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Measurement of organ development

Organs in the human body have complex networks of fluid-filled tubes and loops. They have different shapes and their three-dimensional structures are interconnected differently depending on the organ. During the development of an embryo, organs develop their shape and tissue architecture from a simple group of cells. Due to a lack of concepts and tools, it is difficult to understand how the shape and complex tissue network arise during organ development. Scientists from the Max Planck Institute for Molecular Cell Biology and Genetics (MPI-CBG) and the MPI for the Physics of Complex Systems (MPI-PKS), both in Dresden, have now defined metrics for organ development for the first time and the Research Institute for Molecular Pathology (IMP ) in Vienna. In their study, the international research team provides the necessary tools to transform the field of organoids – miniature organs – into an engineering discipline to develop model systems for human development.

The collective interaction of cells leads to the formation of an organism during development. The different organs exhibit different geometries and differently connected three-dimensional structures that determine the function of fluid-filled tubes and loops in organs. One example is the kidney’s branched network architecture, which supports efficient blood filtration. Observing embryonic development in a living system is difficult, which is why there are so few concepts describing how the networks of fluid-filled tubes and loops evolve. While previous studies have shown how cellular mechanics induces local shape changes during the development of an organism, how tissue connectivity arises is not clear. Combining imaging and theory, researcher Keisuke Ishihara began working on this question first in Jan Brugues’ group at MPI-CBG and MPI-PKS. He later continued his work in the group of Elly Tanaka at the IMP. Together with his colleague Arghyadip Mukherjee, formerly a researcher in Frank Jülicher’s group at the MPI-PKS, and Jan Brugués, Keisuke used organoids derived from mouse embryonic stem cells, which form a complex network of epithelia that line organs and act as a barrier. “I still remember the exciting moment when I realized that some organoids had turned into tissue with multiple buds that looked like a bunch of grapes. However, describing the change in three-dimensional architecture during development proved difficult,” recalls Keisuke, adding: “I found that this organoid system creates amazing internal structures with many loops or passages, resembling a toy ball with holes. “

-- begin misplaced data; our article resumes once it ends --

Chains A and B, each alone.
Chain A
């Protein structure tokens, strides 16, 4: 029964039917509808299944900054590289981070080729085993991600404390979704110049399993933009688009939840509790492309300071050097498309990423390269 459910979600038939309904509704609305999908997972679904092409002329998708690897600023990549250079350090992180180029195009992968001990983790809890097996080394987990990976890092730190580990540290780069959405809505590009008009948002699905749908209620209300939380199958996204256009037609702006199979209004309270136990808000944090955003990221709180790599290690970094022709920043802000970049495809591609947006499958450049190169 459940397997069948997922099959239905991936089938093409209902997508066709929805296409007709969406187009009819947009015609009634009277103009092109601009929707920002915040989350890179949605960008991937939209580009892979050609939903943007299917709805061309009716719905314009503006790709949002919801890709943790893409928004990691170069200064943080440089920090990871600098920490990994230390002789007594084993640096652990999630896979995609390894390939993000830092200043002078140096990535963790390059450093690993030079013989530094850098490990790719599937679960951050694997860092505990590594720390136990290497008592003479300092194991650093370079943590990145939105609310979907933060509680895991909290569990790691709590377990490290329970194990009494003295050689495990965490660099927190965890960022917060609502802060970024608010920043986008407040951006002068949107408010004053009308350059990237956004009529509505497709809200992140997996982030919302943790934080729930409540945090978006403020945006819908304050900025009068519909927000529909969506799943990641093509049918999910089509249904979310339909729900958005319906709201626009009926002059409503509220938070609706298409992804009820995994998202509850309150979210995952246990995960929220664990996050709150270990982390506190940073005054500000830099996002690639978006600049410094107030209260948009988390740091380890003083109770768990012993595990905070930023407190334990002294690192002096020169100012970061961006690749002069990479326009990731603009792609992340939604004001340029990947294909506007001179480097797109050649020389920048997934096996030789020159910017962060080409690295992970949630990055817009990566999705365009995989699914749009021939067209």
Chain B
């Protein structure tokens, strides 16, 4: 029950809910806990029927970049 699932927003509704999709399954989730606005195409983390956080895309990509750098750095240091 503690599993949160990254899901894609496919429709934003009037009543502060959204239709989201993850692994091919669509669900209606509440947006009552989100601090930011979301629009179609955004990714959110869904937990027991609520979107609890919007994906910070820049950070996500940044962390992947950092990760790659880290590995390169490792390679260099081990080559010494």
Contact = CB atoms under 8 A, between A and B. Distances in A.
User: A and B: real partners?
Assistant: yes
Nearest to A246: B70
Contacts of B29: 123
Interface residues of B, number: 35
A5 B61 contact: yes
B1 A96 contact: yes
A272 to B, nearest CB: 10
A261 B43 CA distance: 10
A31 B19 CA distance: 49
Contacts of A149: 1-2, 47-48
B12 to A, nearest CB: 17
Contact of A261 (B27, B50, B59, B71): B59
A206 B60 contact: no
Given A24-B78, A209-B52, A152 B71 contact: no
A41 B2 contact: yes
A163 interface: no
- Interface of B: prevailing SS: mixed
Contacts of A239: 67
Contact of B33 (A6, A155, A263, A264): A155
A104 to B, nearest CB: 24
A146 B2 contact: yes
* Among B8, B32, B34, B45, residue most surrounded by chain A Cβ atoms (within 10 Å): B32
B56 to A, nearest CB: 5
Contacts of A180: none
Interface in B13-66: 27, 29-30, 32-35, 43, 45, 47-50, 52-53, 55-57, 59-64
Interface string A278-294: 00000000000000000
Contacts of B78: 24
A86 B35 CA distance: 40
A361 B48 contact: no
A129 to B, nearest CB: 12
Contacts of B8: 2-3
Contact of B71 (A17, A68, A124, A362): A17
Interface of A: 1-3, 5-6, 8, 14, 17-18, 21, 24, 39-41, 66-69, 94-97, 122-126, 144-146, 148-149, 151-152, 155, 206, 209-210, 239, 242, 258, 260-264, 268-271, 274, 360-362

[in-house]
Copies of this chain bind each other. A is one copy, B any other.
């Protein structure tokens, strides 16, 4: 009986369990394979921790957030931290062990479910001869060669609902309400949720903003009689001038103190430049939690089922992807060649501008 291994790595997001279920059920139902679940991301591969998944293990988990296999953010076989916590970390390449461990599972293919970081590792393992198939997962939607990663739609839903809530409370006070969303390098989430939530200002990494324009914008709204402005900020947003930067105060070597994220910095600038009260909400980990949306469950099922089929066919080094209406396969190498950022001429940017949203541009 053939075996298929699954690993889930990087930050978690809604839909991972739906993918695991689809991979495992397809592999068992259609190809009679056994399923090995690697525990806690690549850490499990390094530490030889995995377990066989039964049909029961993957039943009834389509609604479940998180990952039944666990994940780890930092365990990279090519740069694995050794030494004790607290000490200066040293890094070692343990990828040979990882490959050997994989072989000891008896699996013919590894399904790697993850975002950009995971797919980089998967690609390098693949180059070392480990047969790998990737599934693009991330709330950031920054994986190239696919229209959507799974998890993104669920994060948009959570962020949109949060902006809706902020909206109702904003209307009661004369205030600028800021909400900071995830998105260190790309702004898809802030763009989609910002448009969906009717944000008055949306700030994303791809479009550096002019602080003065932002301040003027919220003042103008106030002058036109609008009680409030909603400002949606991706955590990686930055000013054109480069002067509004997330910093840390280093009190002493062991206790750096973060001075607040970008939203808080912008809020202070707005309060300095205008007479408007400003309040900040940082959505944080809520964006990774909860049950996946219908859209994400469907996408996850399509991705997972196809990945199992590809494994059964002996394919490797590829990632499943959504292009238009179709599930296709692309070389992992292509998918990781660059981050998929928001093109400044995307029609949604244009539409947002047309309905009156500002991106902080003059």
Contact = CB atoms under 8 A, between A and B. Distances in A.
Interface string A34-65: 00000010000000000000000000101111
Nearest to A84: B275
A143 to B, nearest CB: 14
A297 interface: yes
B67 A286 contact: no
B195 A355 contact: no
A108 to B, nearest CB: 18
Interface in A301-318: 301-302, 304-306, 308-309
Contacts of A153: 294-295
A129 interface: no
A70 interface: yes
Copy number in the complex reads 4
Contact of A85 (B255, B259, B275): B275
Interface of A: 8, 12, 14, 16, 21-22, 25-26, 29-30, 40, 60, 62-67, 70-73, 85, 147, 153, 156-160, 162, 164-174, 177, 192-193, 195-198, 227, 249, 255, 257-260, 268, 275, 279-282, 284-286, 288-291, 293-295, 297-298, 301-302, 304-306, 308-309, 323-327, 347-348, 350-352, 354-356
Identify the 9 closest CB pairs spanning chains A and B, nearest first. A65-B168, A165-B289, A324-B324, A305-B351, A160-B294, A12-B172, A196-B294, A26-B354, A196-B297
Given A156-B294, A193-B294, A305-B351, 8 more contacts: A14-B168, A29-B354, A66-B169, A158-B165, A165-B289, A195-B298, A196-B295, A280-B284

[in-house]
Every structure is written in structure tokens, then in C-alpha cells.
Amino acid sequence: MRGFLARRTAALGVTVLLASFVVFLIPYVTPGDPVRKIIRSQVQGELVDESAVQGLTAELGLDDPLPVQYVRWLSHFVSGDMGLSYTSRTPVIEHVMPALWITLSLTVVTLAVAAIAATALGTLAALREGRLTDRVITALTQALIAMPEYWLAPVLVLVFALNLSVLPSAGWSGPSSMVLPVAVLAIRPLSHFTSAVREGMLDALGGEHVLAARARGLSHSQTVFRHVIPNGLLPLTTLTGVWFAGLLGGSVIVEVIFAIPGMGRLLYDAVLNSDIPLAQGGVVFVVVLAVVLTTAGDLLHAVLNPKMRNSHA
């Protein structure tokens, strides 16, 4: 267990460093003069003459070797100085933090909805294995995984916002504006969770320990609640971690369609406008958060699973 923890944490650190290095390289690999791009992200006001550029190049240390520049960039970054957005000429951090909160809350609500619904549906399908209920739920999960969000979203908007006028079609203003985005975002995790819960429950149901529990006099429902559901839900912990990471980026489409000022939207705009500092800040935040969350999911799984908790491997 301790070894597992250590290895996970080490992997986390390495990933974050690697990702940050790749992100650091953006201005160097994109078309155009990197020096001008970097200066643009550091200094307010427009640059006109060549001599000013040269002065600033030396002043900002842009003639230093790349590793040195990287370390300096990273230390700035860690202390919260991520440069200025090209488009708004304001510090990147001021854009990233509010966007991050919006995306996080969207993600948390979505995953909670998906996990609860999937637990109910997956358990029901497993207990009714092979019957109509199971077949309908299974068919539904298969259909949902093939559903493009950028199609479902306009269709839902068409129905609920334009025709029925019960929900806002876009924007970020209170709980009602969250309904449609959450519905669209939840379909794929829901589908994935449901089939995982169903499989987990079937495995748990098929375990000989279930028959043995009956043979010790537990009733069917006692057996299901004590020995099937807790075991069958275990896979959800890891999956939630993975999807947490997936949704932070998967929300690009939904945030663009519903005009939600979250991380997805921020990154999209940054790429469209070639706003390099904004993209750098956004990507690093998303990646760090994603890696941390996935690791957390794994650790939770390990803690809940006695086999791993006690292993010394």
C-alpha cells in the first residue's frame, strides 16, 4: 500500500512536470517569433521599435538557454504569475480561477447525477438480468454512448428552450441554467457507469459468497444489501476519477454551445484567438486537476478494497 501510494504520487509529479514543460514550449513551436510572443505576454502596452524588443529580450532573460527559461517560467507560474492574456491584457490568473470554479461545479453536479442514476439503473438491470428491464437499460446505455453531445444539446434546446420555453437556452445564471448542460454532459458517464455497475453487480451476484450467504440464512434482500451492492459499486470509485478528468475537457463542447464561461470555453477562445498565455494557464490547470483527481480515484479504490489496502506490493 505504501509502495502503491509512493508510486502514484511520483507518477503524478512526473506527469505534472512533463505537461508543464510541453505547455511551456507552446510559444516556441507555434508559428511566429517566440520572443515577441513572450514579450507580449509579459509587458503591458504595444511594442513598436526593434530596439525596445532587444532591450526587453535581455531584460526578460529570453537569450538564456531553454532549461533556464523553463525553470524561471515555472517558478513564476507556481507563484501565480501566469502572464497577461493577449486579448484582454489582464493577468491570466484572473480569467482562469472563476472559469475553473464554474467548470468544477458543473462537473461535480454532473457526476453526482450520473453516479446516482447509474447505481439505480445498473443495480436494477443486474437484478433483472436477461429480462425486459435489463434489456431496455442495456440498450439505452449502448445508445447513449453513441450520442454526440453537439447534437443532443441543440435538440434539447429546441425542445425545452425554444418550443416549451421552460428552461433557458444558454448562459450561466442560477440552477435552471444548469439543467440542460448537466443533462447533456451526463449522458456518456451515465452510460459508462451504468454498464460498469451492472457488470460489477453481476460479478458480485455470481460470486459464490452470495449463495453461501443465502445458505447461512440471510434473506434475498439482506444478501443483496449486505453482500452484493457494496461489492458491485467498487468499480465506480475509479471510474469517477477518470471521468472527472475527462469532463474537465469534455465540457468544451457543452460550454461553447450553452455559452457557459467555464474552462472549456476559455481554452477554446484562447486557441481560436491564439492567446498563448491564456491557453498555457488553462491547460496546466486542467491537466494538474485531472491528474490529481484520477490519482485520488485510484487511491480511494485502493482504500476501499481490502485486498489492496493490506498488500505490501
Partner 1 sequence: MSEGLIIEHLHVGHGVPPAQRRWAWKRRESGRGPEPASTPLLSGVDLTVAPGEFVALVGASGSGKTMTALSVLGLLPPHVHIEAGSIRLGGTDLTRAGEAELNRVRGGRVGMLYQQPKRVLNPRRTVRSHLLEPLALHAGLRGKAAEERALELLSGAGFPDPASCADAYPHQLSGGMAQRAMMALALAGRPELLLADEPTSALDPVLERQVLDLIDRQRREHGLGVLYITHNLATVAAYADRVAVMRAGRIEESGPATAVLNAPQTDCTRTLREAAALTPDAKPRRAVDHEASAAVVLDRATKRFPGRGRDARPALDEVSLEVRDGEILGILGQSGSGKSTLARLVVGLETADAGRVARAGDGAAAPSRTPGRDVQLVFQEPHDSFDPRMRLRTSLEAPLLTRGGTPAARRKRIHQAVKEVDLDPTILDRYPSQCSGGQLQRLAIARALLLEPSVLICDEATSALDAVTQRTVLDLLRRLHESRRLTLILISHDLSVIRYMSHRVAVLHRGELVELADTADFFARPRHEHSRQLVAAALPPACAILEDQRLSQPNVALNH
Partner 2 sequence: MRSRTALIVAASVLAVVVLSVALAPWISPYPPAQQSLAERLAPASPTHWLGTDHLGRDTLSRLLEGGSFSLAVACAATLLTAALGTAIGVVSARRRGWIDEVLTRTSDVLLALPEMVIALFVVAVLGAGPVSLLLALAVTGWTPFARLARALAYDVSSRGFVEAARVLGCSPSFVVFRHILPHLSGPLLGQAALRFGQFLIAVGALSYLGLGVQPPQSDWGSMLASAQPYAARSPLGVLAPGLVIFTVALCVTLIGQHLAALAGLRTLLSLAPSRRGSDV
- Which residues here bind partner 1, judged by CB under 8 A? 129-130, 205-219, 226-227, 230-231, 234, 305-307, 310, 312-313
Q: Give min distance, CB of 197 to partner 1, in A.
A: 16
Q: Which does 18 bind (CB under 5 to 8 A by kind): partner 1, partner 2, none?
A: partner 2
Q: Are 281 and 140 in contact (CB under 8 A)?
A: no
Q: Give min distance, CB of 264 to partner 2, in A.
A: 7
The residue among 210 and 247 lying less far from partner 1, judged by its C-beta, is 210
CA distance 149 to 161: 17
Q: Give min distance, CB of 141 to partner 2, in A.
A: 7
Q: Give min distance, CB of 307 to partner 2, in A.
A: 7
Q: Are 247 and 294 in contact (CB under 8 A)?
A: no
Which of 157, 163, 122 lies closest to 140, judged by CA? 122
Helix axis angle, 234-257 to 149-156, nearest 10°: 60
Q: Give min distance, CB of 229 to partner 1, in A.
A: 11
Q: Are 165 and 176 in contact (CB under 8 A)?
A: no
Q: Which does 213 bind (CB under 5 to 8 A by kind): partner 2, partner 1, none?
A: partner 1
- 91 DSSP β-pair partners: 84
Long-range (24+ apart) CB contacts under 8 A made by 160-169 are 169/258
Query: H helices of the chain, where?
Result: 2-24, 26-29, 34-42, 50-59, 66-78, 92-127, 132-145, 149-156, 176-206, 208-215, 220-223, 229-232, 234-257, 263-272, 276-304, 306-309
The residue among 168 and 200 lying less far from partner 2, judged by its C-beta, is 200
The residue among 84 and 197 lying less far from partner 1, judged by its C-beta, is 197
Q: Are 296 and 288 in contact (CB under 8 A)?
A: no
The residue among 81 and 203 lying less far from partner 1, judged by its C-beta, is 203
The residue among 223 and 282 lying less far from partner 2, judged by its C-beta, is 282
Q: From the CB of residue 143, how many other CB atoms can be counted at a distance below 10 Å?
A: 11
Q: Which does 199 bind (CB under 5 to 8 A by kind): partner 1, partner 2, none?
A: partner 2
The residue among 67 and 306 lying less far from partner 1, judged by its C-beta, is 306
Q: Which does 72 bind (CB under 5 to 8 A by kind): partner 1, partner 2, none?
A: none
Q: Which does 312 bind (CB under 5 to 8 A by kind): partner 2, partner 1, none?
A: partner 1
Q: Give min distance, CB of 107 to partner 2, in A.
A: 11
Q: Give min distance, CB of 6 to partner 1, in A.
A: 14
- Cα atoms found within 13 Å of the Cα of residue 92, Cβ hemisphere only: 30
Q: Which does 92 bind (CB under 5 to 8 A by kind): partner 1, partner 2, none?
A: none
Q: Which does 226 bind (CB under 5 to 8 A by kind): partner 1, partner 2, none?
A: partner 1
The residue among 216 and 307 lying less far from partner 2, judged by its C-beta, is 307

Studying tissue development in organoids has several advantages: They can be observed using advanced microscopy methods, revealing dynamic changes deep in the tissue. They can be spawned in large numbers and the environment can be controlled to affect development. The researchers were able to examine the shape, number and connectivity of the epithelium. They tracked changes in the internal structure of organoids over time. Keisuke continues, “We discovered that tissue connectivity arises from two distinct processes: either two separate epithelia fuse, or a single epithelium fuses itself by fusing its two ends, thereby creating a donut-shaped loop.” based on the theory of epithelial surfaces propose that the inflexibility of epithelia is a key parameter that controls epithelial fusion and thus the development of tissue connectivity.

The supervisors of the study, Jan Brugues, Frank Jülicher and Elly Tanaka, conclude: “We hope that our results will lead to a new view of complex tissue architectures and the interplay of shape and network connectivity in organ development.” analytical frameworks will help the organoid community to characterize and design self-assembling tissues that mimic human organs. By revealing how cellular factors influence organ development, these results may also be useful for developmental cell biologists interested in organizational principles.”

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Materials provided by Max Planck Institute for Molecular Cell Biology and Genetics (MPI-CBG). Note: Content can be edited for style and length.

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